The 2-10 spread was 16 basis points at the start of 2019; it stands at 21 basis points today.
Global Fund managers have increased their equity positions, but are also sitting on a lot of cash. Despite the rally to new highs, the latest Bank of America Merrill Lynch (BoAML) fund manager survey for January shows fund manager cash levels remained at 4.2% for the third month in a row. That is the lowest level since March 2013, while allocations to global equities increased 1 percentage point to net 32% overweight, a 17-month high.
Global equity allocation has risen from net 12% underweight to net 32% overweight since August 2019, the biggest jump in equity positioning since 2011, but still below the net 50% overweight level seen in prior market tops, according to BoAML.
The American Association of Individual Investors reported bullish sentiment rose to 45.6% from 41.8% in the prior week – the highest level of bulls since 10/4/18 when it hit 45.6%.
Bearish sentiment declined for the second week to 24.77% from 27.51%. There was a drop in neutral sentiment as well to 29.63% from 30.66% in the prior week. The last time neutral sentiment was below 30% was 1/3/19.
WTI traded at a six-week low on fears that the virus in China is going to slow global travel and eventually slow demand.
According to the weekly inventory report, U.S. commercial crude oil inventories (excluding those in the Strategic Petroleum Reserve) decreased by 0.4 million barrels from the previous week. At 428.1 million barrels, U.S. crude oil inventories are about 2% below the five-year average for this time of year.
Total motor gasoline inventories increased by 1.7 million barrels last week and are about 4% above the five-year average for this time of year.
WTI closed trading at $54.28 down $4.41, the lowest levels since October ’19.
The Technical Picture
Overall market breadth remains strong. Not only did the S&P 500’s cumulative A/D line hit a new high this week, but the rate of change has also accelerated to the upside.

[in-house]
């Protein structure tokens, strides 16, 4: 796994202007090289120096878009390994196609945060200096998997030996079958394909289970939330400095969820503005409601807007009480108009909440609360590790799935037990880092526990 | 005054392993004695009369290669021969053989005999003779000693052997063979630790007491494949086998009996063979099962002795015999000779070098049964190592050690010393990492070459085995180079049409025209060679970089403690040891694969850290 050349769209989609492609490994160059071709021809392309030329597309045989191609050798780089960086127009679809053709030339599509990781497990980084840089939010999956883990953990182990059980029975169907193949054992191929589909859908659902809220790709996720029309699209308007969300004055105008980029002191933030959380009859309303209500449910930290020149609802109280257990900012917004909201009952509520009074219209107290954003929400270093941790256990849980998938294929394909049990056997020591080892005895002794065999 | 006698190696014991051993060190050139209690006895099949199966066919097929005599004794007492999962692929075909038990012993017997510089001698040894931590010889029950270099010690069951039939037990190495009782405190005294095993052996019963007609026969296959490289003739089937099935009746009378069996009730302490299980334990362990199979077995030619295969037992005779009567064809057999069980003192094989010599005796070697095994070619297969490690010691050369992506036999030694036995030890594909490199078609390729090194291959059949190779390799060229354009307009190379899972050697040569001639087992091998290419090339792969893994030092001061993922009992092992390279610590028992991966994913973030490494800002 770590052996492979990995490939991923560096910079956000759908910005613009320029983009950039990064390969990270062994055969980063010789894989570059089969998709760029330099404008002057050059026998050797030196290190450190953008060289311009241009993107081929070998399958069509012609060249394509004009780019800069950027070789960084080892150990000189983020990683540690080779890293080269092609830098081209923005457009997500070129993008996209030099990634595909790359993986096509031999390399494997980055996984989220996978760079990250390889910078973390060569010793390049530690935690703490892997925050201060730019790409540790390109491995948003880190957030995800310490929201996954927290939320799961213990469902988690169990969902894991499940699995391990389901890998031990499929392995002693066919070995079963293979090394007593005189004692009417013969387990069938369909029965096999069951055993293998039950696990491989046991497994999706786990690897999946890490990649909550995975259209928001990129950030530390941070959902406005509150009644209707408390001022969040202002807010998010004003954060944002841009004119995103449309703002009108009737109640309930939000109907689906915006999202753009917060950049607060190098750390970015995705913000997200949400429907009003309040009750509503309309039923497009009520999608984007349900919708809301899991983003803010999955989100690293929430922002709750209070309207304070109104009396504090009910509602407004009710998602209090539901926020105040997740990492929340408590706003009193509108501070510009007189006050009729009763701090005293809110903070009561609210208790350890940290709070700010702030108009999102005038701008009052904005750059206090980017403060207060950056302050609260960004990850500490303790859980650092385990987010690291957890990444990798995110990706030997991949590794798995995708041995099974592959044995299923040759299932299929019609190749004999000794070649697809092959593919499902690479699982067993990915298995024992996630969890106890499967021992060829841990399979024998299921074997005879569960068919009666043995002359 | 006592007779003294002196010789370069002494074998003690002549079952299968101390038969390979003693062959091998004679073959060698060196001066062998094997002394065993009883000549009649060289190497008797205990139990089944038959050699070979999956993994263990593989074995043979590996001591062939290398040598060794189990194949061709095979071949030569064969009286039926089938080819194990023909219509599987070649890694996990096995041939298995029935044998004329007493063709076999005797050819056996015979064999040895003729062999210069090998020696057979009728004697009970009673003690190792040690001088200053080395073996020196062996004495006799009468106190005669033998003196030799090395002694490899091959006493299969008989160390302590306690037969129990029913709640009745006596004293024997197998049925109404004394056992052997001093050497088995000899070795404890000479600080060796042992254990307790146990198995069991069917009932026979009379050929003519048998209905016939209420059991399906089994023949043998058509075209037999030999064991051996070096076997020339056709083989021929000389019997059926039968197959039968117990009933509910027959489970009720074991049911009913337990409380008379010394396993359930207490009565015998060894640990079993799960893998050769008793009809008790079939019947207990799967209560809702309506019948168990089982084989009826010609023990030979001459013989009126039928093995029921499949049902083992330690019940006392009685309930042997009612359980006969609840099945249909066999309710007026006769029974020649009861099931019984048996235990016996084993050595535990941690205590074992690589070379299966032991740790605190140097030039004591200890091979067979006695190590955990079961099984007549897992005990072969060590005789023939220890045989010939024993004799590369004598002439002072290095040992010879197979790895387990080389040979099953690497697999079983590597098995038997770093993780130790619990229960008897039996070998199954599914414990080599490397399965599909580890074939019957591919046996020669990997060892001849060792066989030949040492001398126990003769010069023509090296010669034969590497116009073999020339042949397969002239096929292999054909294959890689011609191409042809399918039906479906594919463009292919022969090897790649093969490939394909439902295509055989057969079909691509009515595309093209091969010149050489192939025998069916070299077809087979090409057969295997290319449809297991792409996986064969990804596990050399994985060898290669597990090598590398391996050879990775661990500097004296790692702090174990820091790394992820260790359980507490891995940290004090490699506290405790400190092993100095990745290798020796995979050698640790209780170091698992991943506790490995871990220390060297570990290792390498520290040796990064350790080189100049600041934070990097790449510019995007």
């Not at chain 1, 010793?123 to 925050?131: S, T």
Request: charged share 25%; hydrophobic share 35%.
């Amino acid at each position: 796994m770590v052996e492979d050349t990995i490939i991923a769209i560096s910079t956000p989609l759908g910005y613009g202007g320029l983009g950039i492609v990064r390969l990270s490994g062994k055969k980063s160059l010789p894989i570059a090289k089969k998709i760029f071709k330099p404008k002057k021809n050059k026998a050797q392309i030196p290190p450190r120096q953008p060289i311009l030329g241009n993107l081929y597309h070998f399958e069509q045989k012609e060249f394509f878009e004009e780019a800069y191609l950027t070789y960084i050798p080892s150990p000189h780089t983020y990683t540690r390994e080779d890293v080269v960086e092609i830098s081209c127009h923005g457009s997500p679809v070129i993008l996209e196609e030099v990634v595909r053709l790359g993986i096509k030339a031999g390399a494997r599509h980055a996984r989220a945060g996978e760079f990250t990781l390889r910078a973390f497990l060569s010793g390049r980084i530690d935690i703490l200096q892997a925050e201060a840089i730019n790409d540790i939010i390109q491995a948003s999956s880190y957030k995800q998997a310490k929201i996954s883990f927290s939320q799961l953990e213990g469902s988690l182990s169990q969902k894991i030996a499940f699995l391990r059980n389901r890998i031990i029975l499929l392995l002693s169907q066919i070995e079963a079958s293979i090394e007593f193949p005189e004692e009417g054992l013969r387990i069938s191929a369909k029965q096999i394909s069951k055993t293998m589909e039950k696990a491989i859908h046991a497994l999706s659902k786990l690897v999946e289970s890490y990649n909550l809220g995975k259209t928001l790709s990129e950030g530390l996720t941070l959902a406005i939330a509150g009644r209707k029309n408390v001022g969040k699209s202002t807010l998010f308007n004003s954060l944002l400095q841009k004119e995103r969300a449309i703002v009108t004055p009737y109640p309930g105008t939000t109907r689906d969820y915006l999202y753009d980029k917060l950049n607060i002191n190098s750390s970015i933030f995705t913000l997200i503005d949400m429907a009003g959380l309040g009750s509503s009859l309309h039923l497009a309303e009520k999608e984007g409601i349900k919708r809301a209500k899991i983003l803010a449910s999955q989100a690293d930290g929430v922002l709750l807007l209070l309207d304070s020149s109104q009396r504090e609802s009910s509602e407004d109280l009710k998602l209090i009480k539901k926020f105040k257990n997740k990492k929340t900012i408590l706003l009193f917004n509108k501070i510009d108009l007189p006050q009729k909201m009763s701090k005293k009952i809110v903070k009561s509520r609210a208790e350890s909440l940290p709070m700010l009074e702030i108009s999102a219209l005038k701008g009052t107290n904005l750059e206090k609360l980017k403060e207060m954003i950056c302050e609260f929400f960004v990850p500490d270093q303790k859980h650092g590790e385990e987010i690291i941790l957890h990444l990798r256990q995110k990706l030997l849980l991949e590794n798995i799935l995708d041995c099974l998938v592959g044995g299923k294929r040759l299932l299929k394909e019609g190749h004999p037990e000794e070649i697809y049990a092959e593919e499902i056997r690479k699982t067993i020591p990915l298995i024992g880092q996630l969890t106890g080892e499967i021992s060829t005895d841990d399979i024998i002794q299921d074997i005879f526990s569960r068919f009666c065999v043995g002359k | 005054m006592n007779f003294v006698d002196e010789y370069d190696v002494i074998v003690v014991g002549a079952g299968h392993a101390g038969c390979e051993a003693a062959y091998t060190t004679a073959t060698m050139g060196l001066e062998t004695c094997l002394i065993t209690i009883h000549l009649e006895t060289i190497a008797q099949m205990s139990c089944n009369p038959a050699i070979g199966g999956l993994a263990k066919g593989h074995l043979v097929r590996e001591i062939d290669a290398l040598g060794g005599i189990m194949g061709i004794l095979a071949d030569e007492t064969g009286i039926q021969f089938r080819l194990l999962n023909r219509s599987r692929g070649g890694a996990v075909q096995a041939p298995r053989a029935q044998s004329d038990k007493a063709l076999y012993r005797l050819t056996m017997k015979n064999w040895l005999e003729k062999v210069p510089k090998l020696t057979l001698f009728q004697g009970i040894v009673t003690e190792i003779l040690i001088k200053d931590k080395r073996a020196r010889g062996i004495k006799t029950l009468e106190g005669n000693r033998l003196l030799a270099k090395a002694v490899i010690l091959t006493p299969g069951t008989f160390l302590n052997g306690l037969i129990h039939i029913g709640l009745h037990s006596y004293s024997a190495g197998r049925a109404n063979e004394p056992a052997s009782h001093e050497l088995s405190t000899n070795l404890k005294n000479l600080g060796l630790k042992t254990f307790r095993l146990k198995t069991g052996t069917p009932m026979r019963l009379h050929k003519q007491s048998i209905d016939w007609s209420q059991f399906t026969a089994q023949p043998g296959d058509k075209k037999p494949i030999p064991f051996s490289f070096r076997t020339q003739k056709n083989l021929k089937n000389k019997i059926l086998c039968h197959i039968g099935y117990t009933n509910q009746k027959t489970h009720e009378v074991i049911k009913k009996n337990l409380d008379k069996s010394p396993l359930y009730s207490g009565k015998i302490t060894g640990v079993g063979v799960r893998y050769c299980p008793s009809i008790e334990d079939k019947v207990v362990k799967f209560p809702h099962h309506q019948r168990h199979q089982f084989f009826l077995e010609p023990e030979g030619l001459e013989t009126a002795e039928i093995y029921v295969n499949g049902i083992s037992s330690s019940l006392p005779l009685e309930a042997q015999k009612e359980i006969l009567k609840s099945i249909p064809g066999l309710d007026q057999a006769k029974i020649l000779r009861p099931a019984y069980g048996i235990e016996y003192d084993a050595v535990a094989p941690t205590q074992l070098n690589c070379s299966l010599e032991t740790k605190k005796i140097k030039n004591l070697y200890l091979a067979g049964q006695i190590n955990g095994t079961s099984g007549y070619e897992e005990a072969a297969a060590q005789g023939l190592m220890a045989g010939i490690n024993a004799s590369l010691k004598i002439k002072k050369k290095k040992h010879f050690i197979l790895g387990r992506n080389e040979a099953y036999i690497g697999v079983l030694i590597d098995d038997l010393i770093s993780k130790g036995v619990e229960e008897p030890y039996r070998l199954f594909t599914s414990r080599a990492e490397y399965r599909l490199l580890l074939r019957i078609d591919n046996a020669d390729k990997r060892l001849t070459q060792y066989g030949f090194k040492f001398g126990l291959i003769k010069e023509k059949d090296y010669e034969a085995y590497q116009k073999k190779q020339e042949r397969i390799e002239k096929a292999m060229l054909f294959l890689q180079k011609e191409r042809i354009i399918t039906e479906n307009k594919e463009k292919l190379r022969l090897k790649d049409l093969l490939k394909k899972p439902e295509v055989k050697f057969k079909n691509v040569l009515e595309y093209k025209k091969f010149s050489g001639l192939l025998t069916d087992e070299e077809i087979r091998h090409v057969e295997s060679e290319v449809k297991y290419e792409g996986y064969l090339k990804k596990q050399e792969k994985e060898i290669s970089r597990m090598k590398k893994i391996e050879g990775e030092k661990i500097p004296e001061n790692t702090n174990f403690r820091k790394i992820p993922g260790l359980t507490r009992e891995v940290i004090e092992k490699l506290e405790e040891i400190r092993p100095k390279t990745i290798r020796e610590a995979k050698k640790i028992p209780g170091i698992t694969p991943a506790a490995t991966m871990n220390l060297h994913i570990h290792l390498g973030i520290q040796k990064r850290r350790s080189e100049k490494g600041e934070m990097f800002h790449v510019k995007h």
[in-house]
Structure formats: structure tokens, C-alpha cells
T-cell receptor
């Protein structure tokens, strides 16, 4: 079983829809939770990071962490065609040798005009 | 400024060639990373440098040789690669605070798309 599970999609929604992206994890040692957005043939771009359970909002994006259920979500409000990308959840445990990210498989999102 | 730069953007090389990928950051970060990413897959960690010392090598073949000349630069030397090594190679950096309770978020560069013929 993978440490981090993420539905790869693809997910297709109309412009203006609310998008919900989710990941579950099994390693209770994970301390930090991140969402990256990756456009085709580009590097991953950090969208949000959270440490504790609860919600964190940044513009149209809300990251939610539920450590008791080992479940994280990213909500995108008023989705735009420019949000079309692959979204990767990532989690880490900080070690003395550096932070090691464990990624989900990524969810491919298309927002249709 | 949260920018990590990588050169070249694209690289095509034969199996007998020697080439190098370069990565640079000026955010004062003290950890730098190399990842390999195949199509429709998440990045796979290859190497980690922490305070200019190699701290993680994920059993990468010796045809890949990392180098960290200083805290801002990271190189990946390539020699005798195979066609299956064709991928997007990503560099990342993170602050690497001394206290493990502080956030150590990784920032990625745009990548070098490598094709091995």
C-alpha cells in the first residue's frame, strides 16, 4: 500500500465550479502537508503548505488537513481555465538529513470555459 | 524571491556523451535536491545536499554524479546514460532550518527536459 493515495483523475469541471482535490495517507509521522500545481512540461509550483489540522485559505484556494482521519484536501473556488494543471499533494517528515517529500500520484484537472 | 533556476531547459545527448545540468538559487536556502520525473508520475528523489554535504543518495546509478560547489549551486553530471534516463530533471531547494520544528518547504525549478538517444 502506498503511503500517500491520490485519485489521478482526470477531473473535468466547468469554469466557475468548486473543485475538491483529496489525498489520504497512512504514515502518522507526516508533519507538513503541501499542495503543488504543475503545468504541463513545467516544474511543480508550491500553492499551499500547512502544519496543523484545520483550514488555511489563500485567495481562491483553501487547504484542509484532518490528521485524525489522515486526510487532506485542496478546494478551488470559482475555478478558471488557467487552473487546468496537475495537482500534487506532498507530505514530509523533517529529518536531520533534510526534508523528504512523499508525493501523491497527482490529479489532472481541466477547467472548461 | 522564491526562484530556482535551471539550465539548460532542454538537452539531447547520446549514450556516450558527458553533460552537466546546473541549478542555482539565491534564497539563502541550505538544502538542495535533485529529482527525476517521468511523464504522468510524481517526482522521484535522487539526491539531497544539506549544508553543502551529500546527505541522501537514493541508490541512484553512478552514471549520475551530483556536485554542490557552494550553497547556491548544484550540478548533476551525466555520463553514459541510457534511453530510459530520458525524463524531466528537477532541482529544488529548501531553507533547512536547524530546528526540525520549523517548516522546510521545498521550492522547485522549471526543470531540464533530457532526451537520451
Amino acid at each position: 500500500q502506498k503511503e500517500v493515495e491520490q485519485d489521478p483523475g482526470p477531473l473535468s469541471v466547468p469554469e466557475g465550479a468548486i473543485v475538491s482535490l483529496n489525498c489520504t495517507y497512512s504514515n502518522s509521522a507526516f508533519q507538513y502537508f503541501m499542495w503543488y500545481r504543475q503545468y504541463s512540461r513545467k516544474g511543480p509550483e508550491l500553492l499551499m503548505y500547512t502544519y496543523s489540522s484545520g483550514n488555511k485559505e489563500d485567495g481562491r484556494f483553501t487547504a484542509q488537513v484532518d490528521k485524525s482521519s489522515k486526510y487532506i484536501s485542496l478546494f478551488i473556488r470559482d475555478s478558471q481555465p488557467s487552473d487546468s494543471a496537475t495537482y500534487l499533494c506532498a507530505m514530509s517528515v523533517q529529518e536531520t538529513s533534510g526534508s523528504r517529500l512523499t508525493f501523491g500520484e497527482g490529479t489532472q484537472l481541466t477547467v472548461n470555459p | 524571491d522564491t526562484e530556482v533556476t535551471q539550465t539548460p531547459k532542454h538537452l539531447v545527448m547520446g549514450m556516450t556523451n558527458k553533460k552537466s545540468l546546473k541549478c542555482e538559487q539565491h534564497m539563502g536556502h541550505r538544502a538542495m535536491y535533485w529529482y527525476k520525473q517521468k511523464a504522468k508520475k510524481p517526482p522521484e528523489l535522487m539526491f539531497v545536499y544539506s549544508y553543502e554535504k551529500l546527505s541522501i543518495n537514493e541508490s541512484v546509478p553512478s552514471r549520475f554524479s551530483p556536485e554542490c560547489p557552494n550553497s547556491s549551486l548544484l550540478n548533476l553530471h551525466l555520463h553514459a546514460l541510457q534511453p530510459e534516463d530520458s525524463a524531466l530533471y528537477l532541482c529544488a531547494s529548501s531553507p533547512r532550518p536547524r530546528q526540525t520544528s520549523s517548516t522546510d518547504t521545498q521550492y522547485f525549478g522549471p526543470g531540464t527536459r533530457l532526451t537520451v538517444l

The DAILY chart of the S&P 500 continues to tell a positive story. A strong rally that has just tested the first level of support at the 20-day moving average (Green line).
As a matter of fact, until Friday, the 10-day moving average hadn’t been violated on a closing basis since December 5th! Once an index/stock breaks out of a trading range and multiple new highs are set, it becomes difficult to extrapolate how far the rally can go.
The simple fact that the positive technical analysis has remained the same for weeks illustrates how difficult it is to predict when a rally will eventually peter out.
No need to guess what may occur; instead it will be important to concentrate on the short-term pivots that are meaningful. However, the Long Term view, the view from 30,000 feet, is the only way to make successful decisions. These details are available in my daily updates to subscribers.
Short-term views are presented to give market participants a feel for the current situation. It should be noted that strategic investment decisions should NOT be based on any short term view. These views contain a lot of noise and will lead an investor into whipsaw action that tends to detract from the overall performance.
Individual Stocks and Sectors
Among the major U.S. indices, Energy and Materials are the only two Sector ETFs in the red year to date, while Technology and Communications Services are both already up over 5% for the year. Despite continued calls for value to outperform, growth has been leading the way across all the different market caps, and in every case, growth has gained at least twice as much as value.